So, yes, Obama's interruptions of McCain were a breach of racial etiquette. You think there are no standards of racial etiquette anymore? Think about that poll that I linked to days ago--one of the questions asked of white people was if they thought African Americans were friendly. Think about how worried people are about whether Michelle Obama comes across as approachable. Think about how people of color in general are cautioned to be all delicate and polite in our approaches to issues that concern us. Think about the disparities in the way African Americans are punished--from schools to the legal system--for breaking the rules.

Think about Lynn Westmoreland's use of uppity. Maybe we can expect that of Westmoreland, but it's not just him or Republicans or racist white southerners.

(Here's one of those tangents). I've been mostly away from blogs and blogging for a few weeks, but after the debates, I did some reading. I've read, in some unexpected places, that, in the view of some, Obama broke some other rules of racial etiquette. He was "arrogant." He flaunted his intelligence (which, apparently, alienates people. Who knew a smart black person did that?!). He did not bow and scrape and did not always use Mister Senator.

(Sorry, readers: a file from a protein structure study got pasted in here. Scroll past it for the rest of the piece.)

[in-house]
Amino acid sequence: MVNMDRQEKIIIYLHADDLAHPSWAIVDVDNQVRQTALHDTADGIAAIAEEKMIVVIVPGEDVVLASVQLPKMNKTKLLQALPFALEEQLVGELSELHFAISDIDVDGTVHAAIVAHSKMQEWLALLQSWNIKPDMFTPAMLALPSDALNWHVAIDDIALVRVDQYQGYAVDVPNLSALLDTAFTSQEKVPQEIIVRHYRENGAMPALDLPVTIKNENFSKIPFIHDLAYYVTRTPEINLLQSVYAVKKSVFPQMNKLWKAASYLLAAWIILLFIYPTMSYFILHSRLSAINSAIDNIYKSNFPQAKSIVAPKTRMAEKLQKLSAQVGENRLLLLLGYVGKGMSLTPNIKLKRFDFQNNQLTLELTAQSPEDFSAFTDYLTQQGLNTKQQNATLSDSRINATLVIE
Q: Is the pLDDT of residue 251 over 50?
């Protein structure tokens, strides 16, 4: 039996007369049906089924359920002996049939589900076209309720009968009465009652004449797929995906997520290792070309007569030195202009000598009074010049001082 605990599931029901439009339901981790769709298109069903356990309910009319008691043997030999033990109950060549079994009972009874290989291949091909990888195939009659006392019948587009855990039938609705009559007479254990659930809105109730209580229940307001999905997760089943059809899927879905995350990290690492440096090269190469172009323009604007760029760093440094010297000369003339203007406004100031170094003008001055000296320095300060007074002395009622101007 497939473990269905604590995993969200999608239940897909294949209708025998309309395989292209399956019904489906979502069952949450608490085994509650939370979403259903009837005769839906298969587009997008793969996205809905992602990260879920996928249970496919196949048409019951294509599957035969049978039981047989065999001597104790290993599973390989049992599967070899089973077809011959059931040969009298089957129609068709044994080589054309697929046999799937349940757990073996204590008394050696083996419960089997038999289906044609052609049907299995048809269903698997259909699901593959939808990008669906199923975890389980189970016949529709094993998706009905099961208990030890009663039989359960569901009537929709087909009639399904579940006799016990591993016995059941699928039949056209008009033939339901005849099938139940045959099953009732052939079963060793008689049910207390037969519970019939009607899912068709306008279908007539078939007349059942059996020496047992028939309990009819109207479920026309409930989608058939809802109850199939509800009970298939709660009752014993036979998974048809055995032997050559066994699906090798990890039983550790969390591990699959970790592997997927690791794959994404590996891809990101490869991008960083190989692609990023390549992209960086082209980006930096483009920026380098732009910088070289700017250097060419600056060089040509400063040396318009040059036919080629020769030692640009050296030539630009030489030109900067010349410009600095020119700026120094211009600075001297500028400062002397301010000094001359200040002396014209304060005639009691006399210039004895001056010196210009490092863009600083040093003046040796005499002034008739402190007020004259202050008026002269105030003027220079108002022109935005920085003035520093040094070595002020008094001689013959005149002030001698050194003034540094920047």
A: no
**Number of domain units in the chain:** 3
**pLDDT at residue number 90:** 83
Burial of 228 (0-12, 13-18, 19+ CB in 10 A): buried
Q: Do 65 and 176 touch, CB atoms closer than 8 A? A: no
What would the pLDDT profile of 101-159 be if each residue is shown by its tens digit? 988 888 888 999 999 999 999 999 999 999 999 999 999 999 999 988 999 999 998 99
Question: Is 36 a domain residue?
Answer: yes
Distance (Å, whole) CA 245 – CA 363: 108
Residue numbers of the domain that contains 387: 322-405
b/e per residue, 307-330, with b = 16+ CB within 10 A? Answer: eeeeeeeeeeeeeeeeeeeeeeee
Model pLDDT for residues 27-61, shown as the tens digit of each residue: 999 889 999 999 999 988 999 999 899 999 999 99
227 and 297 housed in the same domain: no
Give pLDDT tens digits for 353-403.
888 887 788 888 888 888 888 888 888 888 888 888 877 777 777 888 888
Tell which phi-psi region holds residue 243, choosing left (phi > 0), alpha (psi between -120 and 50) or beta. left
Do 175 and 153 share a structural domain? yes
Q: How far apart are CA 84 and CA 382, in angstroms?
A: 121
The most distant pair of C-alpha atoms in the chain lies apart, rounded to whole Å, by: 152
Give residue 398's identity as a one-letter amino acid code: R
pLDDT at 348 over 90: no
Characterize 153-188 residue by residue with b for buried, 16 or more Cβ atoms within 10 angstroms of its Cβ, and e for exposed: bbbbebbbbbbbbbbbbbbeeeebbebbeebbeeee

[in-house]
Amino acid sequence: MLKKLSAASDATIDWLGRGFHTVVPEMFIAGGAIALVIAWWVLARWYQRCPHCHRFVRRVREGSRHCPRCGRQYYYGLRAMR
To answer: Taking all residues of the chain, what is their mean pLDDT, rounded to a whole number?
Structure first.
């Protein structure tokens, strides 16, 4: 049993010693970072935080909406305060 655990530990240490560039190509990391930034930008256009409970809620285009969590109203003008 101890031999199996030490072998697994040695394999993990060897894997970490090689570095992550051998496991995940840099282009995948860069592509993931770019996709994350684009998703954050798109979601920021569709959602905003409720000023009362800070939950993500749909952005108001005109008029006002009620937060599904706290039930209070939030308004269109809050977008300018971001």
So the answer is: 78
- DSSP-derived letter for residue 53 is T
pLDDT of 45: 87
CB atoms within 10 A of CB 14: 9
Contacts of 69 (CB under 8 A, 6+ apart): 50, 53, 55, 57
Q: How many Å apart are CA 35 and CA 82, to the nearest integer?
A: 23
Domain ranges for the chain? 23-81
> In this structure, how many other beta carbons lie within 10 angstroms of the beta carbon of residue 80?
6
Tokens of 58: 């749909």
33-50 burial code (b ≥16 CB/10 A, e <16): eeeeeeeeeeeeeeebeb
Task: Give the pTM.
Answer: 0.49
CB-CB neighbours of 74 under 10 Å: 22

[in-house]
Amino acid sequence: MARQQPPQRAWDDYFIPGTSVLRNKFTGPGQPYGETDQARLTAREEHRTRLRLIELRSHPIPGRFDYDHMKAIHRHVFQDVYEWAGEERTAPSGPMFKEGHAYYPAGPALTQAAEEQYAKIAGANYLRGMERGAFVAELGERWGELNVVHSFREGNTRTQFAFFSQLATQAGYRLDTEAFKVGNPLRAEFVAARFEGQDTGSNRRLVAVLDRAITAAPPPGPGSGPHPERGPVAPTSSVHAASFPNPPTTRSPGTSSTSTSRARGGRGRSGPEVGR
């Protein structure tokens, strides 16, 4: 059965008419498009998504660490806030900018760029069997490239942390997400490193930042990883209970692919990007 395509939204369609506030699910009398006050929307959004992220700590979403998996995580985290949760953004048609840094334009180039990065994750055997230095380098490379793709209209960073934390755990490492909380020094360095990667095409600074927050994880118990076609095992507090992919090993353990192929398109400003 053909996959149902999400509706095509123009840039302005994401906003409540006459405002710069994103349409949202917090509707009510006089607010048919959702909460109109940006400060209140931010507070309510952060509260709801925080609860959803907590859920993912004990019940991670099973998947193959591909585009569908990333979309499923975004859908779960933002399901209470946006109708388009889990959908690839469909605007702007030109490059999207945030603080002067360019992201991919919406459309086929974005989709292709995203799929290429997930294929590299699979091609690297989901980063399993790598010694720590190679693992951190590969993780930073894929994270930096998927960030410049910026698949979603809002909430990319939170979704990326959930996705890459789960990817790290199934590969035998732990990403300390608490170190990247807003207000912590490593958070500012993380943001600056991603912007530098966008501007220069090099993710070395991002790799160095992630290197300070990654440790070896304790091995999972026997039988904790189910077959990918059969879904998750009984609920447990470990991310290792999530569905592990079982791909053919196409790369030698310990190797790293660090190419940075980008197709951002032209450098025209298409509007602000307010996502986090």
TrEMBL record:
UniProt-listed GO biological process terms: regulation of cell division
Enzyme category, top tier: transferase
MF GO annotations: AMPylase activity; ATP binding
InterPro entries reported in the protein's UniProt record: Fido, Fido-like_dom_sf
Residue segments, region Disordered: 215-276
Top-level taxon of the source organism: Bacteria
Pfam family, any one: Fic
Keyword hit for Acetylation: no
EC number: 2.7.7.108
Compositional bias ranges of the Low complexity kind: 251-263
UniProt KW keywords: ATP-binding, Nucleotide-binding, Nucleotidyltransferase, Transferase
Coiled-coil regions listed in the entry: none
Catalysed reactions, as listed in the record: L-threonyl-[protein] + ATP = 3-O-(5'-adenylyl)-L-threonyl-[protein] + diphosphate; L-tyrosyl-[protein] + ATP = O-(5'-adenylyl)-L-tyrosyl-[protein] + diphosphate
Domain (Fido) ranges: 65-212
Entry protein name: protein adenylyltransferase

I definitely chalk a lot of those observations up to a general air of anti-illectualism.

But not all of it.

Of course, part of me is taking it personally--I like feeling that the next president will be smart and more than capable. And, after 635 years in school, I have interests and thoughts and vocabulary that reflect my education. I'd like to believe that is evident on occasion. I would also like to believe that it is not perceived as an assault on other people's intelligence, an assault made even more problematic because I am black and should know how to play down my intelligence and play up my folksiness.

"Uppity" is posited as an insult with clear connotations, and it should be. But, I want to tell some people, don't focus on the word so much that you don't realize there are ways of implying uppity without ever once saying it.

Okay, I'll save the other tangent for tomorrow. My answer to BfP's question remains yes. Of the issues I have with Barack Obama, his intelligence, language, education, and demeanor are not among those. I'd like to hear what other people think and also hear about examples of racial etiquette (my list is not exhaustive, but I didn't want this post to become installment number 89566 of my-life-in-the-South).
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*matttbastard has covered a lot of this territory and as soon as I wake up again, I'll link properly.

2 comments:

Kimberly said...

Amen to everything. Very insightful!

Mommy to Ander and Wife to Box said...

"Think about how worried people are about whether Michelle Obama comes across as approachable." -elle

This blows my mind. Maybe she's just my type of person, but I find her not only approachable, but intriguing. I would feel compelled to approach her if she was in a room with me.

Revelations and ruminations from one southern sistorian...